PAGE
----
4. Avoid playing with someone’s wheelchair or walking device. A wheelchair might seem like a good place to rest your arm, but doing so can be uncomfortable or annoying to the person sitting in it.[5] Unless you’re asked to help someone by pushing or moving her wheelchair, you should never touch or play with it. The same advice goes for walkers, scooters, crutches, or any other device someone might be using for everyday functioning. If you ever feel the need to move someone’s wheelchair, you should ask permission first, and wait for her response. Do not ask to play with someone's wheelchair, as it is a childish question and it may make the person feel uncomfortable.
    • Treat disability equipment like extensions of their body: you wouldn't grab and move someone's hand or decide to lean up against their shoulder. Behave the same way towards their equipment.
    • Any tool or device a person might use to help with her disability, such as a hand-held translator or an oxygen tank, should never be touched unless you are directed to do so.
  5. Acknowledge that most people with disabilities have adapted. Some disabilities are present from birth, and others come later in life due to development, accident, or illness. However the disability developed, most people learn how to adapt and take care of themselves independently. Most are independent in everyday living, requiring little help from others.[10] As a result, it can be offensive or annoying to assume that someone with a disability cannot do many things, or to constantly try to do things for her.If you help a lot of the time and in a childish voice,this may be annoying. Work under the assumption that the person can accomplish whatever task is at hand by herself.
    • A person who gets a disability as a result of an accident later in life may require more help than someone with a life-long disability, but you should always wait until they ask for your help before assuming they need it.
    • Don’t avoid asking someone with a disability to do a certain task because you worry they can’t accomplish it.
    • If you do offer help, make the offer genuine and specific. If you are offering from a place of genuine kindness, and not an assumption that the person cannot do something, you’re less likely to offend.
  6. Avoid getting in the way. Try to be courteous around people with physical disabilities by staying out of the way. Move to the side if you see someone attempting to navigate in a wheelchair. Move your feet out of the path of someone who is using a cane or a walker. If you notice that someone does not seem to be strong and steady on her feet, offer help verbally. Don't invade someone’s personal space, just as you would not invade anyone else's. However, if someone asks you for assistance, be prepared to give it.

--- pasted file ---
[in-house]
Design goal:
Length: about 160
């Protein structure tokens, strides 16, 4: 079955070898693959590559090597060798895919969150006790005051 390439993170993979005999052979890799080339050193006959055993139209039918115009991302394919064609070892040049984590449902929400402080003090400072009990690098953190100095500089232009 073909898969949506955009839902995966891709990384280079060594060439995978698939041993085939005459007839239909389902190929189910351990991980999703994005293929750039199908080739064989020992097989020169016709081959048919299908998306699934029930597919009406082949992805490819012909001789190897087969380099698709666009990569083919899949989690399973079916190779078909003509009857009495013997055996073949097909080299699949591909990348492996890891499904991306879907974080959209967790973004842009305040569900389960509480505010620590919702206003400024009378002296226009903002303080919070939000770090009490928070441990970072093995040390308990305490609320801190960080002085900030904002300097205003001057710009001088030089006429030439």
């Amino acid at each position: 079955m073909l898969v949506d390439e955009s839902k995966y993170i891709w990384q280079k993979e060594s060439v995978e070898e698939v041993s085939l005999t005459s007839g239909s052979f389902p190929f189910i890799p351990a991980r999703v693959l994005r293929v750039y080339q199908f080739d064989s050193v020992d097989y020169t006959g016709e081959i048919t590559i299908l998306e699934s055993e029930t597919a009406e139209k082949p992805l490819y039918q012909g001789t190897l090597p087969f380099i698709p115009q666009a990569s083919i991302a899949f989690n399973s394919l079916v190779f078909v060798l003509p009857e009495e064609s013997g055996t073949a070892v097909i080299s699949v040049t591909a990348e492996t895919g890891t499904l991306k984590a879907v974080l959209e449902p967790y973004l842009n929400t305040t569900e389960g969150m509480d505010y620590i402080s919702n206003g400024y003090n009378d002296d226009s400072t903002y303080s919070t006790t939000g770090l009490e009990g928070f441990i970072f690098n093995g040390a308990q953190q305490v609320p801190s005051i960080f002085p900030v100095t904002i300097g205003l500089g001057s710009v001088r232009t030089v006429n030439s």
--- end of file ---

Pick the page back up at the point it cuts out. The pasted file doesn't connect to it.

• Do not touch anyone’s equipment or pet without asking. Remember that a wheelchair or other aid is personal space; it's part of the person. Please respect that.


  • Some people may refuse help, and that's okay. Some people might not need help, and others might be embarrassed you took notice of their need of assistance, or not want to appear weak. They might have had bad experiences with other people who helped them in the past. Do not take it personally; just wish them well.
  • Avoid assumptions. It's ignorant to make any kinds of predictions based on someone's perceived abilities or disabilities, e.g. assuming people with disabilities/conditions will never achieve anything/find a job/have a relationship/get married/have children etc.
  • Sadly some people with disabilities and conditions can be open for and be easy prey to bullying, abuse, hate crime, unfair treatment and discrimination. Bullying, abuse and discrimination of any kind is wrong, unfair, and are illegal. You and others have the right to be safe, be treated with respect, kindness, honesty, fairly and with dignity at all times. No one deserves bullying, abuse, hate crime, unfair treatment of any kind ever. It is the bullies, abusers who have the problem and are in the wrong, not you.
  • Some people will customize their assistive devices - canes, walkers, wheelchairs etc. In some cases, it's about appearance. Complimenting someone on an attractively designed cane is perfectly fine. After all, they chose the cane in part because they thought it looked nice. In others, it's about function. Someone who has attached a cup holder and a flashlight to their walker probably won't mind you commenting on it or asking to take a closer look; it's certainly more polite than staring from a distance.
  • Sometimes it may be necessary to take a step back and put things into perspective. Is that child spoiling your peace and quiet by humming? Before you fly off the handle, ask yourself why. Ask yourself what kind of lifestyle that child might have and what difficulties they may be facing. Then you may find it easier to make a sacrifice due to greater understanding.
  • Interacting with more different people can make people more comfortable around you.


  • Only offer help if you are physically able to perform the task. If you know you cannot lift a baby-carriage or walker onto a bus or provide a secure hold for a person stepping off the train or bus, tell the driver or the other people on the bus that help is needed, or offer the person in need of help the use of a cellphone to call someone. Don't ignore the situation because you feel incapable of helping yourself.

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Sources and Citations